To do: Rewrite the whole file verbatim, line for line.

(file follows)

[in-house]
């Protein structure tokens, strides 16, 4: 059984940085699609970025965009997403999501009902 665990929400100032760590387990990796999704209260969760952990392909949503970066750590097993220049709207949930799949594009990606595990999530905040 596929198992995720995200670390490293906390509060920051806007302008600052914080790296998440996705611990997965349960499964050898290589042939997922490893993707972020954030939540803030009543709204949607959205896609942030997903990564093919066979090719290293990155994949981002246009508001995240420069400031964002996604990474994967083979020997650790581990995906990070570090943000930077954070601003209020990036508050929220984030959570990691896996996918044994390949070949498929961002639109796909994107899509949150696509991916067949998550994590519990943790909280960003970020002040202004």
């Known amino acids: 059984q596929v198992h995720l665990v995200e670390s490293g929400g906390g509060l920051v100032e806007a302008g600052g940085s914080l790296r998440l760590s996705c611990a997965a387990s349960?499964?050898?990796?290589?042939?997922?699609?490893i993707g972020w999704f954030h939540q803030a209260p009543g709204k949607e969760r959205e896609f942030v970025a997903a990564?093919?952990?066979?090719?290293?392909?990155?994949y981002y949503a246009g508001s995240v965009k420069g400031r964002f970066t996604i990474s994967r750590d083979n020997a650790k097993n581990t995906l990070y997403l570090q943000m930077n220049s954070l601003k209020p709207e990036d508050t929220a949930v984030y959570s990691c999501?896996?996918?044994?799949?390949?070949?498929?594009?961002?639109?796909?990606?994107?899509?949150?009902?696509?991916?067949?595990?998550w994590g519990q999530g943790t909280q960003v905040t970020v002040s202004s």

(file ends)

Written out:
[in-house]
């Protein structure tokens, strides 16, 4: 059984940085699609970025965009997403999501009902 665990929400100032760590387990990796999704209260969760952990392909949503970066750590097993220049709207949930799949594009990606595990999530905040 596929198992995720995200670390490293906390509060920051806007302008600052914080790296998440996705611990997965349960499964050898290589042939997922490893993707972020954030939540803030009543709204949607959205896609942030997903990564093919066979090719290293990155994949981002246009508001995240420069400031964002996604990474994967083979020997650790581990995906990070570090943000930077954070601003209020990036508050929220984030959570990691896996996918044994390949070949498929961002639109796909994107899509949150696509991916067949998550994590519990943790909280960003970020002040202004």
């Known amino acids: 059984q596929v198992h995720l665990v995200e670390s490293g929400g906390g509060l920051v100032e806007a302008g600052g940085s914080l790296r998440l760590s996705c611990a997965a387990s349960?499964?050898?990796?290589?042939?997922?699609?490893i993707g972020w999704f954030h939540q803030a209260p009543g709204k949607e969760r959205e896609f942030v970025a997903a990564?093919?952990?066979?090719?290293?392909?990155?994949y981002y949503a246009g508001s995240v965009k420069g400031r964002f970066t996604i990474s994967r750590d083979n020997a650790k097993n581990t995906l990070y997403l570090q943000m930077n220049s954070l601003k209020p709207e990036d508050t929220a949930v984030y959570s990691c999501?896996?996918?044994?799949?390949?070949?498929?594009?961002?639109?796909?990606?994107?899509?949150?009902?696509?991916?067949?595990?998550w994590g519990q999530g943790t909280q960003v905040t970020v002040s202004s």